After the intro, Damian kicked off the photography, and I mean kicked, by tipping a light straight onto the model. Ah, good to see professionals do that as well. I was tempted to give Fran one of my "Accident? No win, No fee!" cards but thought it might be inappropriate. He made light of it (excuse the pun) in typically good humour by blaming his assistant.
Damian explained the lighting set-up and what he wanted to achieve with it. Over the course of the shoot, he fine tuned, and tweaked it. As the shoot progressed, you could see his style of working and direction.
The hushed audience of old gits (I can say that, as I am one) seemed to be loving it though. Yep, fourteen out of fifteen tongues still hanging out. The next group that traipsed in looked younger and had quite a few women. I couldn’t stay, so I can only wonder if that changed the dynamics of the presentation.
Meanwhile Damian was in his element. This is a man comfortable in front of a crowd and confident in what he does. This means he’s relaxed and therefore so were his followers, many of whom were repeat customers. It’s hard not to like the cheeky banter.
The presentation was highly entertaining and very interesting, it's just a shame the old boys watching didn’t ask any questions. The Big Dog was there in the flesh, to answer any queries thrown at him. This was their chance to ask a photographer who has won more accolades than David Beckham, all about his gorgeous lighting techniques. Did they maximise the opportunity? No.
I also couldn’t help feeling that shooting could have shot tethered to a large screen, so we could see the results as they happened. That way we could have seen cause and effect and been inspired by the quality of the work. As it was, only people at the front got an occasional glimpse of the back of the camera, as Damian waved it pass like a close-up magician. Most of us had no idea what the results were like.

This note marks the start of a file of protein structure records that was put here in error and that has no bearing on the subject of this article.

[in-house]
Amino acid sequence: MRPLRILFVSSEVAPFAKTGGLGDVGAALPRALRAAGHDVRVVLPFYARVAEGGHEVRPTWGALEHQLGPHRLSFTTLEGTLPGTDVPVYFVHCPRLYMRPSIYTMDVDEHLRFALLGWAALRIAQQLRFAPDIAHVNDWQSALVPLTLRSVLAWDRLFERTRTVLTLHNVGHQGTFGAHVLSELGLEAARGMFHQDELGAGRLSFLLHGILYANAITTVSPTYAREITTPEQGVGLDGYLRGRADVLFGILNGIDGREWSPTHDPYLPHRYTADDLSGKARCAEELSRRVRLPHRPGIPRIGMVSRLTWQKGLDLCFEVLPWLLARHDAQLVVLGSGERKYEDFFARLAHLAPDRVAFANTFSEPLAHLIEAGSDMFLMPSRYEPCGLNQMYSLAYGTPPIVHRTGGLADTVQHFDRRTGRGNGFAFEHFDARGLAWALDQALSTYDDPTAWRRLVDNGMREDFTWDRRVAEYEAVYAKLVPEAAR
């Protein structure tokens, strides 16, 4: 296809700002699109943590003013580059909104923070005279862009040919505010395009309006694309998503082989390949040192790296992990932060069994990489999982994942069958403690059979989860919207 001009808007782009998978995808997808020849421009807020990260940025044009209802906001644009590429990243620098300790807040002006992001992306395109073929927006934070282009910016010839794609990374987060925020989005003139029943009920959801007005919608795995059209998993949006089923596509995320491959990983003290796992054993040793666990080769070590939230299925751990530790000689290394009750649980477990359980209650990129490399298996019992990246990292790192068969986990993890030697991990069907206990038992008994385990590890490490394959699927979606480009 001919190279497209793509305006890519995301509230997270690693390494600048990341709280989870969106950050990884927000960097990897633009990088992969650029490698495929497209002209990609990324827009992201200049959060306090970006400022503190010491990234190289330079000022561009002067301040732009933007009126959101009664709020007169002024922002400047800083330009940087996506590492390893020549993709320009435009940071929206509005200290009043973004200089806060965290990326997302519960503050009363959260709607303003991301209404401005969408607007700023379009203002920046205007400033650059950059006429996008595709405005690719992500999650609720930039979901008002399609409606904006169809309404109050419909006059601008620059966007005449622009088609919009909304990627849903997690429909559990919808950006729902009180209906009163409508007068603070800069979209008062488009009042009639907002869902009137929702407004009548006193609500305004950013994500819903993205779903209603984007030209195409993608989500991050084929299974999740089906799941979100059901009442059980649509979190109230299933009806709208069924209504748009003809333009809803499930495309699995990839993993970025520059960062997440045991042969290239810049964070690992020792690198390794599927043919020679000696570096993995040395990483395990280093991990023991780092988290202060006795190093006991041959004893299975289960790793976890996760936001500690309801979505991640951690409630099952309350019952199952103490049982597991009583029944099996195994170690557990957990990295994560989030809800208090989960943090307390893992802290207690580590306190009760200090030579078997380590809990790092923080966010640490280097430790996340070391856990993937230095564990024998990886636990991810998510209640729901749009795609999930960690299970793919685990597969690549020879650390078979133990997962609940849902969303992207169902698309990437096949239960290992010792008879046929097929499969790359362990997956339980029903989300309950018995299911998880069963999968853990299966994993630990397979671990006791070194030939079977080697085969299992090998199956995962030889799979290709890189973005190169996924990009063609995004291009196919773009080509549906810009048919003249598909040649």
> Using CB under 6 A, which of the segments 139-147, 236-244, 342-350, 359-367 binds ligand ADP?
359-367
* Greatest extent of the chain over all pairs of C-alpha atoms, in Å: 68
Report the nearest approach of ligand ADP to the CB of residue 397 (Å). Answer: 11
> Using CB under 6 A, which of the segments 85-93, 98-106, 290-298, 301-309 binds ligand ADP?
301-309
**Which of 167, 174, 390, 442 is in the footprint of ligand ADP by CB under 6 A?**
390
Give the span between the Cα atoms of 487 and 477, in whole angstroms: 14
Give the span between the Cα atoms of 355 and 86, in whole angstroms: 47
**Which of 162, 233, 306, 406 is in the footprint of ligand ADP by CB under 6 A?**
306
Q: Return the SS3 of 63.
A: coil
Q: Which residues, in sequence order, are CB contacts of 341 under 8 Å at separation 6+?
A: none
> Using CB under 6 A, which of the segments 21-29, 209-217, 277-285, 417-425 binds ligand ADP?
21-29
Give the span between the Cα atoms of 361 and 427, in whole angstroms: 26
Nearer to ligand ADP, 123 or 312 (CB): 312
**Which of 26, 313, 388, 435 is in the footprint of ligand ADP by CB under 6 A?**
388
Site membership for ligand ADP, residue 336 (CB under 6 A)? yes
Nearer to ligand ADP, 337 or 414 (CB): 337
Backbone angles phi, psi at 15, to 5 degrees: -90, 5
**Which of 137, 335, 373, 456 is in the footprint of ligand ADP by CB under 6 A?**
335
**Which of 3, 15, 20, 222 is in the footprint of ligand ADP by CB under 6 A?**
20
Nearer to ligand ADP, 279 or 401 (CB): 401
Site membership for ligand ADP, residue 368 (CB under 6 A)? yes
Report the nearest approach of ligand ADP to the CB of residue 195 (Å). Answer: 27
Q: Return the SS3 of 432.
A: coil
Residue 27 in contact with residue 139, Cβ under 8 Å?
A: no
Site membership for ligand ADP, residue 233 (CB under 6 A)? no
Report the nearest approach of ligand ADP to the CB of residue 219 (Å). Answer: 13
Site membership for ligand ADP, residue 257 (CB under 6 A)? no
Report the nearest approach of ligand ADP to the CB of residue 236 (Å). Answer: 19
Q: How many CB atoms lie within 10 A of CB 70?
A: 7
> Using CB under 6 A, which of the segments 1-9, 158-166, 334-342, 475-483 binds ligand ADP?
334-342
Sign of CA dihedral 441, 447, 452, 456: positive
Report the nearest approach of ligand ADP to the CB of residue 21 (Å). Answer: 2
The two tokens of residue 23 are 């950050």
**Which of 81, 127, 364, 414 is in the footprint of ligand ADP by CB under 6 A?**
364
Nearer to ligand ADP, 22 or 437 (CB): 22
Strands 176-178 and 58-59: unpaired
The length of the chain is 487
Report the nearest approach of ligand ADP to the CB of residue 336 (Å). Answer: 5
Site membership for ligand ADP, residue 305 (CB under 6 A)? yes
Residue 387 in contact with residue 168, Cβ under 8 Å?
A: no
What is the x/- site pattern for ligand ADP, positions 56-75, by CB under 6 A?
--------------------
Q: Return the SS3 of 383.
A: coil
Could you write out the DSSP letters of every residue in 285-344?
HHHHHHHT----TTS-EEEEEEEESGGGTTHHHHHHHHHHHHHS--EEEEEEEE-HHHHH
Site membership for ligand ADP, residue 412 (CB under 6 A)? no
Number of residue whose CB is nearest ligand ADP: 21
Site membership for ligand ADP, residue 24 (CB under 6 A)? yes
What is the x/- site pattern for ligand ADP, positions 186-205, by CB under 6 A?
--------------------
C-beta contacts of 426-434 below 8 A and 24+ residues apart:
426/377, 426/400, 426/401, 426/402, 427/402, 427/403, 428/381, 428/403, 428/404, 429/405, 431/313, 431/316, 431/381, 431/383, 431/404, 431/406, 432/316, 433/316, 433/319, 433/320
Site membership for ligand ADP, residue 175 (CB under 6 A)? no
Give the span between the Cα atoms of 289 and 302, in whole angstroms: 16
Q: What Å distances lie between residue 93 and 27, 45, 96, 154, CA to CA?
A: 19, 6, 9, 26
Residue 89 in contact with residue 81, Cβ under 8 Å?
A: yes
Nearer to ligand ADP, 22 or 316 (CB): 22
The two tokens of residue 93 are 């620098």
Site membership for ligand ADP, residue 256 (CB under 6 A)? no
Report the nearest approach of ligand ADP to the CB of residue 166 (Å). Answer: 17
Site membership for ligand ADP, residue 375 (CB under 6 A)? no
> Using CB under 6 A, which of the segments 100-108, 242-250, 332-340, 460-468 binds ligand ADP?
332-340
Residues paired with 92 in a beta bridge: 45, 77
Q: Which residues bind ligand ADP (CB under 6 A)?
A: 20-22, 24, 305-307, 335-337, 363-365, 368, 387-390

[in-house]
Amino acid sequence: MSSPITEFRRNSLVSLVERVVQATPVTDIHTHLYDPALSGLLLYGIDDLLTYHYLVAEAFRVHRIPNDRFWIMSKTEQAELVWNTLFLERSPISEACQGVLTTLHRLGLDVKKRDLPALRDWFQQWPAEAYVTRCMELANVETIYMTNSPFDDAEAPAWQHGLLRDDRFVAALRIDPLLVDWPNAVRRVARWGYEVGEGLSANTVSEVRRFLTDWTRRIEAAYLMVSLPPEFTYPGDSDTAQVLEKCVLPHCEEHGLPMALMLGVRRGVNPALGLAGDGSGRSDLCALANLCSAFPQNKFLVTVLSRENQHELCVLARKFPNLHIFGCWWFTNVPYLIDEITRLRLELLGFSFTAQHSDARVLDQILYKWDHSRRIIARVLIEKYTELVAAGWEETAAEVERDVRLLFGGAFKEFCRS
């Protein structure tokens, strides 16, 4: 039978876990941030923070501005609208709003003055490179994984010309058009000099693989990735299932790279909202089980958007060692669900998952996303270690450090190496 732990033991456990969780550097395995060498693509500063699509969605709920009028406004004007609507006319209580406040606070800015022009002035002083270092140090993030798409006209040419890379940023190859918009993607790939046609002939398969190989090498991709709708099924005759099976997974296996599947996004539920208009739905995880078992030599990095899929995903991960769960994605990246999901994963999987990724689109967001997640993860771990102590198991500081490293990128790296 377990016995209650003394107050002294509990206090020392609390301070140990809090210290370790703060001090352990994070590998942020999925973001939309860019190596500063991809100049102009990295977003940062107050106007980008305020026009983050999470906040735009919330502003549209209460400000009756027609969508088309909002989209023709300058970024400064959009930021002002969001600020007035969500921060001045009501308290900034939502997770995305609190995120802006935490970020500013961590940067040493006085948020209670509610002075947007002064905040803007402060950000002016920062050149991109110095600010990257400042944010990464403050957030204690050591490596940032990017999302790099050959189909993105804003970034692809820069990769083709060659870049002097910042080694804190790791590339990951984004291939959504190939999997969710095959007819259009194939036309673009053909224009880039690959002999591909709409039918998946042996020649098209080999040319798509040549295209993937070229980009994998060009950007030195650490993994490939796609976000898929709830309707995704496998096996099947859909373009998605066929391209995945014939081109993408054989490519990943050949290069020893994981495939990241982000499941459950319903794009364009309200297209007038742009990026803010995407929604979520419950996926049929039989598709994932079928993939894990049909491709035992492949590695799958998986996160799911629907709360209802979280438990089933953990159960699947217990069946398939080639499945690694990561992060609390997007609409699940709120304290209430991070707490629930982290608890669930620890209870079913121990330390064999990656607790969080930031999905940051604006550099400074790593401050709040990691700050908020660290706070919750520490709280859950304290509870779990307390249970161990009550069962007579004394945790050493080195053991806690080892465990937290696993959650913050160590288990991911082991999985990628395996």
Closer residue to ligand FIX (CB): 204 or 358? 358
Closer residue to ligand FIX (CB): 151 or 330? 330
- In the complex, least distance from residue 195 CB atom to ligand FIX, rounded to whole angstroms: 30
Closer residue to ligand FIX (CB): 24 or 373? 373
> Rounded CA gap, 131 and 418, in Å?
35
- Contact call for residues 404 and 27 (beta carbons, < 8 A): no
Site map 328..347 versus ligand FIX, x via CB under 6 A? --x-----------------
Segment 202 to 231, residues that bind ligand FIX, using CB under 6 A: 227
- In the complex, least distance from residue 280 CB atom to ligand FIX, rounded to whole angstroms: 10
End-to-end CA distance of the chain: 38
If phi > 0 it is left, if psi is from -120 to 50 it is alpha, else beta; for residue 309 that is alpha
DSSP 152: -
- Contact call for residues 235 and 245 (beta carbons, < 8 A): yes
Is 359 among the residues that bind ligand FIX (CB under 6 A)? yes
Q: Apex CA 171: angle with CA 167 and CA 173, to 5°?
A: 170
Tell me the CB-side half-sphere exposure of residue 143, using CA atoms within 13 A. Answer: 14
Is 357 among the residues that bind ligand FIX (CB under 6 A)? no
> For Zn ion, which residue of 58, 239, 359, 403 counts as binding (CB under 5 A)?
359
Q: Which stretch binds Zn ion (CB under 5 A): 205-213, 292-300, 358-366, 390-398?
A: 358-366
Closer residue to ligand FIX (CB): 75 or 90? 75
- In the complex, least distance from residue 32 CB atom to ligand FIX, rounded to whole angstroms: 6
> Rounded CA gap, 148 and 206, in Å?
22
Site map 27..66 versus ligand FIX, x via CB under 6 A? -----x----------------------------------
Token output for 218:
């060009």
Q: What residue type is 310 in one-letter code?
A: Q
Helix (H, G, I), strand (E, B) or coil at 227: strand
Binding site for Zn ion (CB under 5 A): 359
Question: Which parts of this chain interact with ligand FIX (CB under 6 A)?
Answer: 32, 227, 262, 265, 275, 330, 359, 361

At the end of the shoot a handful of people got to take a few shots, with their own cameras or a Pen.
One thing that struck me is that photographers form a broad church. Each photographer brings his own personality and sense of creativity to bear. All the good ones will get the work done, but their approach may be very different. It was interesting to compare and contrast my own style and other photographers I have watched, with Damian’s. This was a good opportunity to sit in on a shoot.
If you’re interested in photography and young beautiful women wearing outrageous outfits, this was a very enjoyable way to spend an hour and a half. How much you learn in such a short space of time depends on your level of experience and how prepared you are to stick your hand up and ask questions. But if you’ve had fun and been inspired, for £40 you can’t go far wrong.
For more information about Damian Mcgillicuddy workshops, visit his website: Damian Mcgillicuddy
Article by Martin Jordan - www.jordanphotographic.co.uk